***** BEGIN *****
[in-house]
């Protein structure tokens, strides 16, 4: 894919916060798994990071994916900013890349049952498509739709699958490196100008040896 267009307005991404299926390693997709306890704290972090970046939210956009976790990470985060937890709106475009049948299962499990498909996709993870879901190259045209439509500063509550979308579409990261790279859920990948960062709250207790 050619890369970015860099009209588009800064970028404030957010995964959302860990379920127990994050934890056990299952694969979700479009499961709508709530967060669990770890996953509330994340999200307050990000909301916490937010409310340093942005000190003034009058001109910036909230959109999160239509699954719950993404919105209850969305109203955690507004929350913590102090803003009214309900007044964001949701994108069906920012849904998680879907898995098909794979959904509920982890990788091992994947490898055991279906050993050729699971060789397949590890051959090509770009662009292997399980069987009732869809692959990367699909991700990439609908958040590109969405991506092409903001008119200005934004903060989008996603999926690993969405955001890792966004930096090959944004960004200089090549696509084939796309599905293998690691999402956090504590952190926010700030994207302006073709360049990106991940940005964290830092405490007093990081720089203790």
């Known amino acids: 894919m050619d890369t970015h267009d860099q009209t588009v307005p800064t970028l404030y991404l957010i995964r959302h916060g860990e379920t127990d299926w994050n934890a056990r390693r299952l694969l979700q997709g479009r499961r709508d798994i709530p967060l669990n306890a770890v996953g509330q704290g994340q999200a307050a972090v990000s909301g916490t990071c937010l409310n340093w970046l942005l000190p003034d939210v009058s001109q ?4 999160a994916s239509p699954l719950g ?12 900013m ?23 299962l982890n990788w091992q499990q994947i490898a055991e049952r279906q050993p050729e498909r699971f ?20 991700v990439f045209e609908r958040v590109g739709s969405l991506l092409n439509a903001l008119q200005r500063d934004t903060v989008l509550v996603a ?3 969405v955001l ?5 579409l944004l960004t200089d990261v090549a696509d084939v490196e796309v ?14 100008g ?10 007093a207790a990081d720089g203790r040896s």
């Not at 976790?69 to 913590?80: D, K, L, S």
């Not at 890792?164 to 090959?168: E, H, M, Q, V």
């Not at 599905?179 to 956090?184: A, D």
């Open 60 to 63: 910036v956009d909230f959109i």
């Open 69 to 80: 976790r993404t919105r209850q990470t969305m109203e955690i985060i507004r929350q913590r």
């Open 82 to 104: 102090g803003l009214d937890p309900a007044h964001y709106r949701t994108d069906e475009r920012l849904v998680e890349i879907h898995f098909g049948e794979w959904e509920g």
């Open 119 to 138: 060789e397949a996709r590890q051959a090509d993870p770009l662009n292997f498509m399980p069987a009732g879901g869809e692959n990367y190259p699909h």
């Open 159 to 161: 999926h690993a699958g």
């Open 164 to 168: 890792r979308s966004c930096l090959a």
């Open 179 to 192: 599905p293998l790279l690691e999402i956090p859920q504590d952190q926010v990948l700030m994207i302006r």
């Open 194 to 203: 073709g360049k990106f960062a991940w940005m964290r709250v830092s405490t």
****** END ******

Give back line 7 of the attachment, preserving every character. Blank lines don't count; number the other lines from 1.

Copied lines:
């Open 60 to 63: 910036v956009d909230f959109i």